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Age: 84

Sex: Male

Indication: Left-sided chest pain, recent cholecystectomy

Radiotracer: Tc99m mebrofenin (an iminodiacetic acid analog)

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Case #1


Findings

  • Linear low level activity is seen around 40 minutes in the two right flank surgical drains. No discrete intraabdominal collections containing radiotracer
  • Prompt liver radiotracer uptake with normal excretion into the biliary tree and bowel in under 60 minutes
  • Normal flow imaging
  • Expected background distribution of radiotracer
  • Small amount of residual activity at the injection site in the left arm


Diagnosis

  • Postoperative bile leak with diversion of leaking bile into two right abdominal biliary drains
  • No large intra-abdominal collection of bile
  • No evidence of obstruction of the common bile duct

Sample Report

Positive for biliary leak, which is drained by the existing surgical drains.

No evidence of intra-abdominal bile collections.

No evidence of common bile duct obstruction.


Discussion

  • The term HIDA comes from the first agent used: (Hepatic) dimethyl IminoDiacetic Acid
  • Hepatobiliary scintigraphy is most commonly used for the physiologic diagnosis of acute calculous cholecystitis, but is also a useful functional tool in the postoperative setting when there is concern for bile leak
  • Surgeries which can be complicated by biliary leak include cholecystectomy, liver transplant, and hepaticojejunostomy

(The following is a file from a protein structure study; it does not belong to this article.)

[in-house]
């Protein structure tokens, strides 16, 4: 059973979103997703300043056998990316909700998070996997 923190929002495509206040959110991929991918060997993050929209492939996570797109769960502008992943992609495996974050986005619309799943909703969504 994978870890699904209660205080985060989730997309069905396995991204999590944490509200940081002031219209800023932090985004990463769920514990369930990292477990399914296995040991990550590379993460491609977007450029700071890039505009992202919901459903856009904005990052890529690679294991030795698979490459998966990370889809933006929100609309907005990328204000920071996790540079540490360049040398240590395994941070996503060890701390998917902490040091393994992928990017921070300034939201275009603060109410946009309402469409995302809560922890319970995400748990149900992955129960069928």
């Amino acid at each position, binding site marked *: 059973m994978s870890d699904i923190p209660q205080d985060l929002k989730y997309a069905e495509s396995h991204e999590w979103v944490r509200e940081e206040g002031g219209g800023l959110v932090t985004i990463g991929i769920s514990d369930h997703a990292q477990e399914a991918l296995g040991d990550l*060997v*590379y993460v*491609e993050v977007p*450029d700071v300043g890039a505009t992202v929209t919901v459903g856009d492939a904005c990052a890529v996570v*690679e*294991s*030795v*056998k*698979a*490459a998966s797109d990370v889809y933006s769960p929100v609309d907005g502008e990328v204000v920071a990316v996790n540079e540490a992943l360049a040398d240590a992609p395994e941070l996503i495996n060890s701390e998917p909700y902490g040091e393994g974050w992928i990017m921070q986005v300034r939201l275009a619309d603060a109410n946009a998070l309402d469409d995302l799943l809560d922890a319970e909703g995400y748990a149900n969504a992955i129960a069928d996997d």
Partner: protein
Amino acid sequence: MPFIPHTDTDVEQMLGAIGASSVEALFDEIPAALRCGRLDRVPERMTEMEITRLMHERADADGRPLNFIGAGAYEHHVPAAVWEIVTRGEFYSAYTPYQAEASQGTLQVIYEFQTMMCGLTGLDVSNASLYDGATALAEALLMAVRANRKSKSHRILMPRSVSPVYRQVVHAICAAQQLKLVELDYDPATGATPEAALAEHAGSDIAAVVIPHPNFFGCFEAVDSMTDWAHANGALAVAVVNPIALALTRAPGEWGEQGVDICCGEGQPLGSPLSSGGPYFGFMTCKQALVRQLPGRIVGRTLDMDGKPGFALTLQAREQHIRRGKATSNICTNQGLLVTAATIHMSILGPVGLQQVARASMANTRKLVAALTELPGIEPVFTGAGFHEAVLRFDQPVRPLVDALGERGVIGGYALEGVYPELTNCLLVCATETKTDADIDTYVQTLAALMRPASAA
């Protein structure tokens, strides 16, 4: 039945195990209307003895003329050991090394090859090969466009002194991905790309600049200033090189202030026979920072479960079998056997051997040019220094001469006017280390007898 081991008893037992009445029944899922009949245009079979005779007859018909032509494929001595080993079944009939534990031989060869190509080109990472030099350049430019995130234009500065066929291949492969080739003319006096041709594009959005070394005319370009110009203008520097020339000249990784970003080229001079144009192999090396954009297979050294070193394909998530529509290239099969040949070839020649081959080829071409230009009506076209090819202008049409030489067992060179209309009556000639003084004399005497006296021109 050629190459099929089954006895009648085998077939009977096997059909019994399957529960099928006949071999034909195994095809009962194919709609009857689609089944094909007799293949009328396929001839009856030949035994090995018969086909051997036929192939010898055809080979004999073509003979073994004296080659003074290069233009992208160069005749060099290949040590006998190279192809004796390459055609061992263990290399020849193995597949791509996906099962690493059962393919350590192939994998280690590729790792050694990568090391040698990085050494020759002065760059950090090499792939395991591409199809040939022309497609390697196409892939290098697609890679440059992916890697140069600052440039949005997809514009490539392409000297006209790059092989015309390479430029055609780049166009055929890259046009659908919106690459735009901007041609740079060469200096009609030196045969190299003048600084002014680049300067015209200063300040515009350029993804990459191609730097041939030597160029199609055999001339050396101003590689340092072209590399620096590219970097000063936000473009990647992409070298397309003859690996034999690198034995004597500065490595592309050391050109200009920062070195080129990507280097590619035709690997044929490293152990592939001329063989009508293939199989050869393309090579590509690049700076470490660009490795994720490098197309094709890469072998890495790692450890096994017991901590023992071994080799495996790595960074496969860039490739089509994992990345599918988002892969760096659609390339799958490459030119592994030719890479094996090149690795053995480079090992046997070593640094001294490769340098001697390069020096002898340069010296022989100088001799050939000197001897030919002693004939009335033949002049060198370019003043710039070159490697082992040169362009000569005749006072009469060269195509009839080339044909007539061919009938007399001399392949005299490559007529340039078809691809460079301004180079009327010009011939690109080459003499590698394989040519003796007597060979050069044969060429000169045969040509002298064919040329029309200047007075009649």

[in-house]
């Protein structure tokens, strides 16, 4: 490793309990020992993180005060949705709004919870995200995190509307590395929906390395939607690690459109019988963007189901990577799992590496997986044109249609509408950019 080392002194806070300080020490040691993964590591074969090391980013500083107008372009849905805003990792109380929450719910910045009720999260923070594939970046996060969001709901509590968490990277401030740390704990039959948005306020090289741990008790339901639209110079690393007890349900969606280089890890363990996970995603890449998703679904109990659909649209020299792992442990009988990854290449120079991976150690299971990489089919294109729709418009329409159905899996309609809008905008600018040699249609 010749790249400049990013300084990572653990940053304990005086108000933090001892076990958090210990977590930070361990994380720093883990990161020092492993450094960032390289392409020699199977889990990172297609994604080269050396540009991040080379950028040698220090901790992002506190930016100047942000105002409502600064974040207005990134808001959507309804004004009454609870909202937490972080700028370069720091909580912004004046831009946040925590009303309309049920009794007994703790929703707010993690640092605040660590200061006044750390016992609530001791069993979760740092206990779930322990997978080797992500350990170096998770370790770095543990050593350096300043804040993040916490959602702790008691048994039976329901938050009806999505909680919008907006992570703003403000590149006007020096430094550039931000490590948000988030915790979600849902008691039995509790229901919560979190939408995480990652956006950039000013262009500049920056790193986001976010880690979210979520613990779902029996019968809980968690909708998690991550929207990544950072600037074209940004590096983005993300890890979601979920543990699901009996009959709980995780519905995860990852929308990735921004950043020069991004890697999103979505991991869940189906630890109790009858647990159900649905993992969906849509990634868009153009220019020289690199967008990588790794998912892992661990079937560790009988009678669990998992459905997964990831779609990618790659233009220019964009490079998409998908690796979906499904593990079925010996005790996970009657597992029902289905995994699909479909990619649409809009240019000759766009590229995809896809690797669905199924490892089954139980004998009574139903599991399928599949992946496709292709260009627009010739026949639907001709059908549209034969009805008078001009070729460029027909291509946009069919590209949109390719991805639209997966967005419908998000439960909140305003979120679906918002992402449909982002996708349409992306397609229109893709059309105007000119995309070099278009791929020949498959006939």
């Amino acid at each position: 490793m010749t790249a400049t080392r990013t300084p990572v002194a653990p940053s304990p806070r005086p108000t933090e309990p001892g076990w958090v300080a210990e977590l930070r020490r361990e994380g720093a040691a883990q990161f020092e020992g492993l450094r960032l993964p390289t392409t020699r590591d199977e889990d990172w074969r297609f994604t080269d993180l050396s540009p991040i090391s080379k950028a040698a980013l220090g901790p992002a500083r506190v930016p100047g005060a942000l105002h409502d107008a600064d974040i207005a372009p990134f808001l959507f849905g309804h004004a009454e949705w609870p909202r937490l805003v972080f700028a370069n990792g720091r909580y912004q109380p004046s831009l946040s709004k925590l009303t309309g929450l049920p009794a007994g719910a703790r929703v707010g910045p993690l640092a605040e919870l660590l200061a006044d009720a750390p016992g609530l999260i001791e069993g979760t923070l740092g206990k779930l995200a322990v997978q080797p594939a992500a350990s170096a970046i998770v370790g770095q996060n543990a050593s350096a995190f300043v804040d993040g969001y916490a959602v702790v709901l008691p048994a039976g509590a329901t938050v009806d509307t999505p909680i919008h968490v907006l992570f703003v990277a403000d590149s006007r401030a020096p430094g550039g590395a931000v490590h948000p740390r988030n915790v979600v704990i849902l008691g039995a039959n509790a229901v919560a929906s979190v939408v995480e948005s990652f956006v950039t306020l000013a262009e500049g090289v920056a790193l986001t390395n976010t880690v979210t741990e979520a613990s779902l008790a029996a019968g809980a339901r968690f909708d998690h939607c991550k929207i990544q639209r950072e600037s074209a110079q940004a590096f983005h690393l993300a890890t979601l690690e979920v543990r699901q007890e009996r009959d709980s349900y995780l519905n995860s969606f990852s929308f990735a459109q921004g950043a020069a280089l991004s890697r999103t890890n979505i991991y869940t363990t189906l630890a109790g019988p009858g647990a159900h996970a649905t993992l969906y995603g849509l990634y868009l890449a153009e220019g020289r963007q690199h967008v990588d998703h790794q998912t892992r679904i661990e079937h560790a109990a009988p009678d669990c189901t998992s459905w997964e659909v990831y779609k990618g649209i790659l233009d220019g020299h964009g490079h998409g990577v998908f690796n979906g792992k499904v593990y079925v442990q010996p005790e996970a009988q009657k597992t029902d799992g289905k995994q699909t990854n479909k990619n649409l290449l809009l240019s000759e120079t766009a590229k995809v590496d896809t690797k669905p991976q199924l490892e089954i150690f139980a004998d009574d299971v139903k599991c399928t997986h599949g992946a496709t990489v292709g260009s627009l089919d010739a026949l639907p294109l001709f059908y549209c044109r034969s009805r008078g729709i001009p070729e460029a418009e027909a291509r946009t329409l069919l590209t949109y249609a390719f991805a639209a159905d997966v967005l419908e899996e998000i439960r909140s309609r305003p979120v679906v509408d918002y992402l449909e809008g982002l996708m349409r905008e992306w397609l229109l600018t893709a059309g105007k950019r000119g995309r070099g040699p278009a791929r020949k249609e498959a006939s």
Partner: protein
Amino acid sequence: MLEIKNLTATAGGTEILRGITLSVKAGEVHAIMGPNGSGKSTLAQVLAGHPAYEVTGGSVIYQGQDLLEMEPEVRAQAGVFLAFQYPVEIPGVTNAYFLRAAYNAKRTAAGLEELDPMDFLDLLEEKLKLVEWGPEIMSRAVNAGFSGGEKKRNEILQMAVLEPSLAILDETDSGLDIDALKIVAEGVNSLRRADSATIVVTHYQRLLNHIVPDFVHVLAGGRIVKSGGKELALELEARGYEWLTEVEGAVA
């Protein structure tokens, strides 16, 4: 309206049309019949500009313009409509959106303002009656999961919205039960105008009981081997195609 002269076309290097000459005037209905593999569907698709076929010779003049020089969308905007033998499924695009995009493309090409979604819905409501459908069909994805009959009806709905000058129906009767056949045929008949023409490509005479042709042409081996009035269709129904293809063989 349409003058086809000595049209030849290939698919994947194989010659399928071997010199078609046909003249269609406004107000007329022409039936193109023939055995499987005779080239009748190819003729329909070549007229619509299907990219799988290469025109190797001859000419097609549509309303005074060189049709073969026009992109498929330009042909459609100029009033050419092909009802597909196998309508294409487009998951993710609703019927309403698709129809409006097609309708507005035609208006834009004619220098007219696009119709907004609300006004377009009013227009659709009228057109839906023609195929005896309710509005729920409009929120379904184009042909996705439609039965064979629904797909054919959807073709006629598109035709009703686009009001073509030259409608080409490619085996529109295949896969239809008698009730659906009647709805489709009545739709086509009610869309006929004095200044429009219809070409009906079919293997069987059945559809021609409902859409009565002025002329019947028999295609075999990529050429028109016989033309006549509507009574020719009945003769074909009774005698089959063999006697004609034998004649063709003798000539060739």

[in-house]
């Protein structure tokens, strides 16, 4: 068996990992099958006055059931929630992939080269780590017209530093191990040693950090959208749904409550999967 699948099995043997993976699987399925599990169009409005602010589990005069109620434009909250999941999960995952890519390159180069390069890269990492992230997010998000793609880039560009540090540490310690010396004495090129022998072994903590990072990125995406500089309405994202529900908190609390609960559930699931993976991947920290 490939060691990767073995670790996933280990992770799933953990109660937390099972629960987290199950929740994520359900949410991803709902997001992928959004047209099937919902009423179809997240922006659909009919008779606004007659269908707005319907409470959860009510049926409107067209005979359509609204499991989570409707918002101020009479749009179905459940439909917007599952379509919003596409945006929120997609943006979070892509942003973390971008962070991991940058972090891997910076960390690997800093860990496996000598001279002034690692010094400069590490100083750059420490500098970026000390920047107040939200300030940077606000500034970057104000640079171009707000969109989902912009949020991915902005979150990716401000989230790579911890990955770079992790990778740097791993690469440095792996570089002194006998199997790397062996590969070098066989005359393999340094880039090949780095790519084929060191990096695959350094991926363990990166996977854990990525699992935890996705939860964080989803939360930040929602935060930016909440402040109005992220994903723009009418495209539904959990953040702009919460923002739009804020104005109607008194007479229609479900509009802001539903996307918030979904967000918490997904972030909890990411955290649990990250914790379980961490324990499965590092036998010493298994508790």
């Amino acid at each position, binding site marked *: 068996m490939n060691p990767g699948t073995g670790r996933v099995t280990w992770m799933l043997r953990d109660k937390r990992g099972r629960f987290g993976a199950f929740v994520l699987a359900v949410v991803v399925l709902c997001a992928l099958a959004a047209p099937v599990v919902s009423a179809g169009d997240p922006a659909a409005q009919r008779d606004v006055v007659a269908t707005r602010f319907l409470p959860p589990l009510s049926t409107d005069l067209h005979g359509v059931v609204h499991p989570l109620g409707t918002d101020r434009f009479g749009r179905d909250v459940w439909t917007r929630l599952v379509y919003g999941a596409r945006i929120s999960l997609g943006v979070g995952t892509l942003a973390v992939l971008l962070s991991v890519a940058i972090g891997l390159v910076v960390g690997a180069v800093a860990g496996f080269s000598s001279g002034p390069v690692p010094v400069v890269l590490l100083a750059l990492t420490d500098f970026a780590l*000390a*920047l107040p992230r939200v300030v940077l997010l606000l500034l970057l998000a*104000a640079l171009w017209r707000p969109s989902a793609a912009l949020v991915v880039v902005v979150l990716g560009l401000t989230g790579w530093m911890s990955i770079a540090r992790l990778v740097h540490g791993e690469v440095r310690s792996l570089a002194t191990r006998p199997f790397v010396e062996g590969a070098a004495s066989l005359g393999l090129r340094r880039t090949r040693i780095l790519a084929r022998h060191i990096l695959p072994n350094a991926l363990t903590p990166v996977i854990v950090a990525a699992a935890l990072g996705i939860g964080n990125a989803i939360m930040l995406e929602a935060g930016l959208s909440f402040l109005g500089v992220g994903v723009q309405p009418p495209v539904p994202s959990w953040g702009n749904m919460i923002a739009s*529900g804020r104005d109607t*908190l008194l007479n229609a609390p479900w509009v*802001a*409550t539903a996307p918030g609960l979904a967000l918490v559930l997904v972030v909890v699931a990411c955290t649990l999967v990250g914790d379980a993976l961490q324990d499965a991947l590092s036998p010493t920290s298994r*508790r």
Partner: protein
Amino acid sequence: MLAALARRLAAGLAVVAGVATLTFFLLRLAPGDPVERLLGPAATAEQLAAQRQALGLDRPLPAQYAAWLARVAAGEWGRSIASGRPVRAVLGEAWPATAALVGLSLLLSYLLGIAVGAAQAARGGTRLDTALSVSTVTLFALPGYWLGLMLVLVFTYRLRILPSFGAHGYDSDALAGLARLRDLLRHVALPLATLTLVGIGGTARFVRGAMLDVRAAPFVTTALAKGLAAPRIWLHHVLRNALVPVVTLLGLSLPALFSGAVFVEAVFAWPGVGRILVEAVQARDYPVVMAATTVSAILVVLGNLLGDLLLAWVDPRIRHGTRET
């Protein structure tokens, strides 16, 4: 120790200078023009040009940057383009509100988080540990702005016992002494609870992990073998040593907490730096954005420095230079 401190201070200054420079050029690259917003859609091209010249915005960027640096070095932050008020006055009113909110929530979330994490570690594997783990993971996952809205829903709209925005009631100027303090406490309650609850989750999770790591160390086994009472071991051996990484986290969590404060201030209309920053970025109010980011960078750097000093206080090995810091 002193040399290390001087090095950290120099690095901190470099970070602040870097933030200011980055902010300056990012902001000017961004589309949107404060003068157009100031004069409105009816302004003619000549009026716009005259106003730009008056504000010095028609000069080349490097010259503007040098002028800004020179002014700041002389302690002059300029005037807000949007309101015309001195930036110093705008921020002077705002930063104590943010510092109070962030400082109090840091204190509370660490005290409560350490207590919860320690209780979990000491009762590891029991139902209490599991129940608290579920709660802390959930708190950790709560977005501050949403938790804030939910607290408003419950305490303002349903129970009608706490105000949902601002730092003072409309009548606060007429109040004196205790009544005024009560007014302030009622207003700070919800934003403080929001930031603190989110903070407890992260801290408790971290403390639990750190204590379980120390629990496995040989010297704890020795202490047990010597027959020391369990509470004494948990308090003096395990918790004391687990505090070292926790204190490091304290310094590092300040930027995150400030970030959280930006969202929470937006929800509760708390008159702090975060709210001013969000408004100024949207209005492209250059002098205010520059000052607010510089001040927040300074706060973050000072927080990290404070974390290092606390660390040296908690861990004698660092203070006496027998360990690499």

• Although less common, biliary injury can also occur in the setting of trauma
  • Familiarity with the surgical history and existing surgical drains is important. Likewise, correlation with available anatomic imaging can evaluate for postoperative collections
  • The bile leak protocol is similar to a standard HIDA done for the evaluation of acute cholecystitis, but a few modifications can be made to improve sensitivity:
    • Delayed imaging of the right paracolic gutter, where fluid is likely to accumulate
    • Delayed imaging of the right subdiaphragmatic region including lateral projections, which can identify bile tracking along the liver capsule or even coating the surface of the liver making the liver seem to paradoxically reappear during the study (“reappearing liver sign”)
    • Delayed imaging of drains to evaluate for activity within the collection reservoirs, which can help evaluate for subtle leak. Note that windowing may be necessary to appreciate small amounts of radiotracer activity
    • SPECT/CT to localize any activity if there is question as to the location of the activity (e.g. intraluminal vs peritoneal)
  • Delayed imaging is usually completed at 2-4 hours after injection of radiotracer
  • Treatment of biliary leak depends on the origin of the leak and if there is a coexisting biliary obstruction. Regardless of treatment, follow up HIDA may evaluate for resolution of the leak


Images

Initial postoperative ultrasound in this patient showing a heterogeneous collection in the gallbladder fossa (blue arrows). External biliary drain was then placed by interventional radiology (red arrows). Normal early imaging with normal hepatic uptake (yellow arrows), normal excretion into the common bile duct (green arrows), and normal excretion into bowel (brown arrows). Faint linear activity along the right flank (green arrows) correlating with known surgical drains. After windowing, the radiotracer accumulation within the surgical drains is more apparent (green arrows). Normal activity in the urinary bladder (orange arrows). Infiltration at site of injection in the left arm (purple arrows).

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